|Publication number||US5068776 A|
|Application number||US 07/619,608|
|Publication date||Nov 26, 1991|
|Filing date||Nov 29, 1990|
|Priority date||Nov 29, 1990|
|Publication number||07619608, 619608, US 5068776 A, US 5068776A, US-A-5068776, US5068776 A, US5068776A|
|Inventors||William M. Polivka|
|Original Assignee||International Business Machines Corporation|
|Export Citation||BiBTeX, EndNote, RefMan|
|Patent Citations (11), Referenced by (38), Classifications (19), Legal Events (5)|
|External Links: USPTO, USPTO Assignment, Espacenet|
1. Field of the Invention
The present invention, generally, relates to switched-mode DC-DC power converters and, more particularly, to a new and improved circuit interconnected to substantially reduce the degrading effects of magnetization current on sensed load current.
To clarify what otherwise could be misleading nomenclature, the term "switched-mode" is used interchangeably with "switch-mode" within the technical field with which the invention relates, whereas in some patent areas, only the term "switch-mode" is found. In connection with the present description, the term "switched-mode" is used, but if a reader prefers, it may be read "switch-mode".
Similarly, a "DC-DC" converter is used as an intermediate element in many circuits that perform AC-AC, AC-DC, or DC-AC power conversion. Consequently, a circuit known as a "DC-DC converter" might be found in the art disguised in another form.
Also, it could be important to a reader of the present description to be aware of the distinction between a coupled inductor and a transformer, since an inductor is shown schematically the same as a transformer in electrical drawings and could be called, though erroneously, a transformer. A coupled inductor is used to store energy, while a transformer is not. The undesirable magnetization current of a transformer functions just like stored energy, but it would not be there if it could be eliminated, because it is deleterious to the control of DC-DC power converters.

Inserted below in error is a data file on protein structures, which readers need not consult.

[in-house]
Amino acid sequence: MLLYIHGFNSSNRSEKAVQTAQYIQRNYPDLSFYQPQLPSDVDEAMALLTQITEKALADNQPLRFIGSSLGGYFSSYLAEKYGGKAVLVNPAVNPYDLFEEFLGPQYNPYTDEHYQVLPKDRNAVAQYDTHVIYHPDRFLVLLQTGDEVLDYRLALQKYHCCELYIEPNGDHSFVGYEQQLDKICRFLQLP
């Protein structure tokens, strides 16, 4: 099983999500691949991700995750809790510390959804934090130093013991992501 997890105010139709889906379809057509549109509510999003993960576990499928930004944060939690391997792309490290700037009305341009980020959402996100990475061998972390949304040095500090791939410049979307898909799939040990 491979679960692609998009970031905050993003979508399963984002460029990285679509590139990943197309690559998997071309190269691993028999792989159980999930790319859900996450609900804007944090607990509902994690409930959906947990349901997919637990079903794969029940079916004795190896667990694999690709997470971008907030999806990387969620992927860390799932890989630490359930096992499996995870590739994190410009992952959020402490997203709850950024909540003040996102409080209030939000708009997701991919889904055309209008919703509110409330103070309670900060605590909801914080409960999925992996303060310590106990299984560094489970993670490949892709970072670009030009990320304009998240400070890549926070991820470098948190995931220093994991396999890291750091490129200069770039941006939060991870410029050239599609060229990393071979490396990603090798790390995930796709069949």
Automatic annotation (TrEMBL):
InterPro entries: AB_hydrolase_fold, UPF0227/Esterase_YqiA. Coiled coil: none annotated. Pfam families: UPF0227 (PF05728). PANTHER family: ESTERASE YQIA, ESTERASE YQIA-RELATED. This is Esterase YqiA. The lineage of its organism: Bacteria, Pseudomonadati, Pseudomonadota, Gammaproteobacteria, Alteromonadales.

A DC-DC converter is used customarily in conjunction with a control circuit to provide either a constant output voltage or one that is otherwise regulated from a voltage source that is subject to variations. A well known and useful technique used in the design of the control circuit requires an accurate sensing of the current in the inductor of the output LC filter, but this current usually is unreliable because of the degrading effect of transformer magnetization current.
A widely used technique to control DC-DC power converters requires a knowledge of its output current, and it is common practice to obtain it indirectly from the input current by sensing the current in the power transistors that switch the current in the primary of the power transformer. The current that is sensed in the power transistors is the sum of the magnetization current of the power transformer and the output current that is reflected to the primary.
Sensing this natural summation is useful for protecting the power switches from excessive currents, but in many practical instances, it is undesirable for control purposes due to the unstable effects on it by the transformer magnetization current.
The present trend toward miniaturization of electrical and electronic circuits compounds the problem further because miniaturization of power transformers often produces much more magnetization current than is desired. This increase in the magnetization current can compromise the design of the control circuit and lead to reduced performance.
Moreover, since the permeability of the core material of the power transformer is highly temperature-dependent, variations in ambient temperature can produce large changes in the magnetization current, making its control even more difficult. The effect of temperature on magnetization current is a complicated function, and this fact together with the usual wide range of manufacturing tolerance variations, a large range of input voltages applied and the customary variations in component values, serve to make any form of control loop of uncertain effectiveness. Normally, exceedingly complex electronic circuitry is required to achieve an acceptable performance level.
2. Description of the Prior Art